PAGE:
The idea to build a grand housing area in the Canning area of Liverpool started in 1800 when city surveyor John Foster Snr. created a blueprint to make a grid plan of housing. This was at a time when Liverpool’s elite could afford luxurious surroundings. Over the next 100 years, a large number of elegant town houses, mainly in the Georgian style were built.
Hope Street, at the core of the Georgian Quarter is a winner in the Academy of Urbanism Awards for ‘Best Street’. The streets that radiate from Hope Street and Rodney Street are all lined with beautiful terraced houses. This area is also home to some of Liverpool’s finest restaurants, The Art School, 60 Hope Street and London Carriage Works – experts in modern cuisine. There’s also a number of cozy neighbourhood bistros, including The Quarter on Faulkner Street and the Pen Factory at the other end of Hope Street.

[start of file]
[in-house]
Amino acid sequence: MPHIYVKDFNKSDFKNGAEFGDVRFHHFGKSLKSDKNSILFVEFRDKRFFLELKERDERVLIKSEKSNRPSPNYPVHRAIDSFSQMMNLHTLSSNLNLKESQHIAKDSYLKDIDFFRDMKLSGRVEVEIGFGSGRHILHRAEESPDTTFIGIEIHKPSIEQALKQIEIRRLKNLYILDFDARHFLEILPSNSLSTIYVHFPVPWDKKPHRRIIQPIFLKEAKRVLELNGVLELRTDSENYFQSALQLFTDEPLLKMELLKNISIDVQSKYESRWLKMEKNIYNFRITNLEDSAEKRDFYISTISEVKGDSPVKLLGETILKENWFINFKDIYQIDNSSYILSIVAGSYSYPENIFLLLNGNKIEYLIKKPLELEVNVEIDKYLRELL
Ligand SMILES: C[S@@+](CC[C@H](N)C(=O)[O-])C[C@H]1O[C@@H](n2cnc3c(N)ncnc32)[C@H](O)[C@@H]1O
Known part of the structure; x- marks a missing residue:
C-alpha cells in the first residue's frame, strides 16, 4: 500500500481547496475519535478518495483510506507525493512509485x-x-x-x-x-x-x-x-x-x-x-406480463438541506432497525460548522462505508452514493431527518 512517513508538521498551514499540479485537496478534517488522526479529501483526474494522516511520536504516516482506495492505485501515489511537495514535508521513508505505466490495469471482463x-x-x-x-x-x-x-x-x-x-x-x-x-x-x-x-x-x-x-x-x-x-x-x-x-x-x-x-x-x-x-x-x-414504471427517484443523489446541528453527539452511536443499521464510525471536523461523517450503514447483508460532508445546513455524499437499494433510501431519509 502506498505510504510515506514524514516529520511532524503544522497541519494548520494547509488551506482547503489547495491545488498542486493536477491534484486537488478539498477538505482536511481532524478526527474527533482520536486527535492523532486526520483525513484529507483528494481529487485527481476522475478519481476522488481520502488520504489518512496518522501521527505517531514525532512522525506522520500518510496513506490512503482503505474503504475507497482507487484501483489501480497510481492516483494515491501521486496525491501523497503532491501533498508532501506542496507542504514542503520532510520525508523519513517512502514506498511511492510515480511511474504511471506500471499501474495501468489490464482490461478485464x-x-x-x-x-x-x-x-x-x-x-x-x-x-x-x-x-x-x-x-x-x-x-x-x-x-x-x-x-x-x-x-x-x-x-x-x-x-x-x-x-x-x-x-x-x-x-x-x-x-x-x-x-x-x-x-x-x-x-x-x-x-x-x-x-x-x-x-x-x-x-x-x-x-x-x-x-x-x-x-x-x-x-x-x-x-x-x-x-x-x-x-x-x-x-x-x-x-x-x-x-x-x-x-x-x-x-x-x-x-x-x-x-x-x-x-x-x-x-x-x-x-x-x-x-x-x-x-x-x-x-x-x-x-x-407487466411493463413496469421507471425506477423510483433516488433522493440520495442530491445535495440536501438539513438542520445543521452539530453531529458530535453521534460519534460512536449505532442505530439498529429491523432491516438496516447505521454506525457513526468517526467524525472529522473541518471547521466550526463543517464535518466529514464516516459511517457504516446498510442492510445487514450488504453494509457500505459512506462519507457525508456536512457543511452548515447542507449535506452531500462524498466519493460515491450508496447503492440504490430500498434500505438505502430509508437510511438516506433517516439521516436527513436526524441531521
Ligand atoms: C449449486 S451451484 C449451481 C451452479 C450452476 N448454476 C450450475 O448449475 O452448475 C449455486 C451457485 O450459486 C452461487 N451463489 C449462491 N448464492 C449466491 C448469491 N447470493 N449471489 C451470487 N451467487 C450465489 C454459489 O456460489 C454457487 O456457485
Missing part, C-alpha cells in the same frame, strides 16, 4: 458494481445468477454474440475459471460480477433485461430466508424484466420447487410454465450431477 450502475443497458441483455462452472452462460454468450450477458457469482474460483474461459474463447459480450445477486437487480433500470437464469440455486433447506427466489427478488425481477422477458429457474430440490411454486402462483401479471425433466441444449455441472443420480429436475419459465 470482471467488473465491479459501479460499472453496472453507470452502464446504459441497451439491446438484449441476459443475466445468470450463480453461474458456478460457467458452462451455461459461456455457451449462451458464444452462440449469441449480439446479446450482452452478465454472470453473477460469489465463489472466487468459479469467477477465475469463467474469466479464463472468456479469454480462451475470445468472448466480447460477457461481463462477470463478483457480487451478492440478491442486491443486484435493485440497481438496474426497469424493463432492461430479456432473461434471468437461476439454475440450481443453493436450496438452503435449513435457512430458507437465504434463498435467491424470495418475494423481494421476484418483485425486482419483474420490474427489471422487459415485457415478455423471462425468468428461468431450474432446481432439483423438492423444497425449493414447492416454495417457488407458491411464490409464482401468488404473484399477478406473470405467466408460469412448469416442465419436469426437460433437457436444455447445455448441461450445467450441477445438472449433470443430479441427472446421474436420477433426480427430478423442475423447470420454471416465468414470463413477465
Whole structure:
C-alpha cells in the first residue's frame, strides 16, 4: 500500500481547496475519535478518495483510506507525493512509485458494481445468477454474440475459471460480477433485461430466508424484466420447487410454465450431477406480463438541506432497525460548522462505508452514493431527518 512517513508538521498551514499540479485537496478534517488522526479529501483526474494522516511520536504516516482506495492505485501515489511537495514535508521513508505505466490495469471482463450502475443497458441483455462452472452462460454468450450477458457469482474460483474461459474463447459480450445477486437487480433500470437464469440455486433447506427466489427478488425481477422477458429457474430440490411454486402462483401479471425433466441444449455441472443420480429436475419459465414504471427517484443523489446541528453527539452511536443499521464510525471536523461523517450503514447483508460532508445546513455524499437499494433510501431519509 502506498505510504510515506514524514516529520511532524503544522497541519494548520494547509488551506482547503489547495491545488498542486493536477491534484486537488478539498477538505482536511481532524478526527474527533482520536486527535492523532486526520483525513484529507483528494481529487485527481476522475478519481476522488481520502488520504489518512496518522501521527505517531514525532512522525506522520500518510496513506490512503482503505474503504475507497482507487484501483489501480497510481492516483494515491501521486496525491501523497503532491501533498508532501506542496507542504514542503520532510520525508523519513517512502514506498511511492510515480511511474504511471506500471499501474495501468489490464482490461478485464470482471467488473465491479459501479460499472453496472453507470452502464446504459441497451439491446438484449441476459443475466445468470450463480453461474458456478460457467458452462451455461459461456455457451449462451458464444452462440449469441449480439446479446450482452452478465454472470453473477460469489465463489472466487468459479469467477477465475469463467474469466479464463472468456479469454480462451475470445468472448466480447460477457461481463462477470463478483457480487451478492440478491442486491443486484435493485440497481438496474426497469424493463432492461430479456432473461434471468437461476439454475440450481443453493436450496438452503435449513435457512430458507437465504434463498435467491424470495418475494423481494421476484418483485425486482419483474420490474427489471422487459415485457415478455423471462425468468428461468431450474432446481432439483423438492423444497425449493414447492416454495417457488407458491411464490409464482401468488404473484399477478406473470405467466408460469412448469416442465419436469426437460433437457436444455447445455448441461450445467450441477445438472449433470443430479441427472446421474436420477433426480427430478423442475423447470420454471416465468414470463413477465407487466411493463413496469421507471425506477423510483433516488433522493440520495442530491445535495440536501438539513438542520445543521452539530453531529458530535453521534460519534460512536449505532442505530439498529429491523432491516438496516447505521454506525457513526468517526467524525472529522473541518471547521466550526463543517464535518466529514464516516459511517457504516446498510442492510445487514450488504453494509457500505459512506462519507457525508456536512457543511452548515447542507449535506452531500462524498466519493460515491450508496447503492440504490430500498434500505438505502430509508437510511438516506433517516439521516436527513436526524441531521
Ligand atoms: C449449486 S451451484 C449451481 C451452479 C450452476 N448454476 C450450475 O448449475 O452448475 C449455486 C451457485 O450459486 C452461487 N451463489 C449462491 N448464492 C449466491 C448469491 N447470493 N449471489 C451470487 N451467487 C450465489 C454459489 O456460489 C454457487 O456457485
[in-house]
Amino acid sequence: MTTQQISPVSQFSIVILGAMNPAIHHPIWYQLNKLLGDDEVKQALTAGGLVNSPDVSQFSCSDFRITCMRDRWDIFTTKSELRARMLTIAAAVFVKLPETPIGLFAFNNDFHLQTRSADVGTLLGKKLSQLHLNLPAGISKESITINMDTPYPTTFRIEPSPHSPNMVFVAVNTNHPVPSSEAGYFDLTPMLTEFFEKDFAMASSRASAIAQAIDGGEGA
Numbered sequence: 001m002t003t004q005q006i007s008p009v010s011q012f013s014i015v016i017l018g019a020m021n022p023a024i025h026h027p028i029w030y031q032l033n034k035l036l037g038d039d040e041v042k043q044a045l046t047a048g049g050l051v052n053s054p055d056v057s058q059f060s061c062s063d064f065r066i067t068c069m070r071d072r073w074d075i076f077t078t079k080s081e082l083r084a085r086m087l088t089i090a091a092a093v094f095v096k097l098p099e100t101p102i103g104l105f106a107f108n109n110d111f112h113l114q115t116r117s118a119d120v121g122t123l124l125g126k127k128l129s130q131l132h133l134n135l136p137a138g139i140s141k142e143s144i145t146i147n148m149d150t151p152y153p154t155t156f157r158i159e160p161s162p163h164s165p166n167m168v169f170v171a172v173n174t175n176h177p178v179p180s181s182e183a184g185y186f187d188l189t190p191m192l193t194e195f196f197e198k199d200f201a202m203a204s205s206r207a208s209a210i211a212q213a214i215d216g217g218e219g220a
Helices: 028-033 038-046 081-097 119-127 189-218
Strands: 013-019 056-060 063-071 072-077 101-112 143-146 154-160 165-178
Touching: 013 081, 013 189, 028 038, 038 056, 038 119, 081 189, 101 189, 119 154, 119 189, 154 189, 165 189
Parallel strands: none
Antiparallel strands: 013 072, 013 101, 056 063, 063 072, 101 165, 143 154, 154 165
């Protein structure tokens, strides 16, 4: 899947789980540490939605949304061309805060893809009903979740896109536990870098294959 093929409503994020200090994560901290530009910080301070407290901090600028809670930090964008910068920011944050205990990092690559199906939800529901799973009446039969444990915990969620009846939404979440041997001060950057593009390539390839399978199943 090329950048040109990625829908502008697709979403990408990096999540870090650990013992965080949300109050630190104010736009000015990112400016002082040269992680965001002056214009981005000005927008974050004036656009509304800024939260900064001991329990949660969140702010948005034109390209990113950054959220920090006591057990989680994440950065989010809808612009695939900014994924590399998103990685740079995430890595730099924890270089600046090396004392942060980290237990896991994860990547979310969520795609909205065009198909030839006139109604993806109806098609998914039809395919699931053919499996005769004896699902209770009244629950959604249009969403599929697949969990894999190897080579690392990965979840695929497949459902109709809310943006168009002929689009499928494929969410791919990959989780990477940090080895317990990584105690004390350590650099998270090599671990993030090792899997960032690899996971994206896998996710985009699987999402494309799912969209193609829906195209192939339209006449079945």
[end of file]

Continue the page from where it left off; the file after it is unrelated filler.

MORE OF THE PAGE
One street, two cathedrals; Hope Street is bookended by Liverpool’s two cathedrals. The 60s silhouette of the Metropolitan Cathedral of Christ the King at one end and the world’s second largest Anglican Cathedral at the other. ‘The Great Space’ is the new and wholly appropriate name for the city’s towering sandstone Anglican Cathedral, which dominates the city skyline for miles around. The architectural masterpiece features the highest and heaviest carillon of bells in the world and Britain’s mightiest organ. Words cannot do it justice, it has to be seen to be believed. If you’re not afraid of heights, take the tower tour and be treated to one of the best views of Liverpool.
Between these two architectural wonders lies one of a different kind, the Everyman Theatre (RIBA Stirling Prize- winning), along with the recently transformed Liverpool Philharmonic Hall, now 175 years old. Within the Georgian Quarter is where you’ll also find the Paul McCartney-inspired Liverpool Institute of Performing Arts.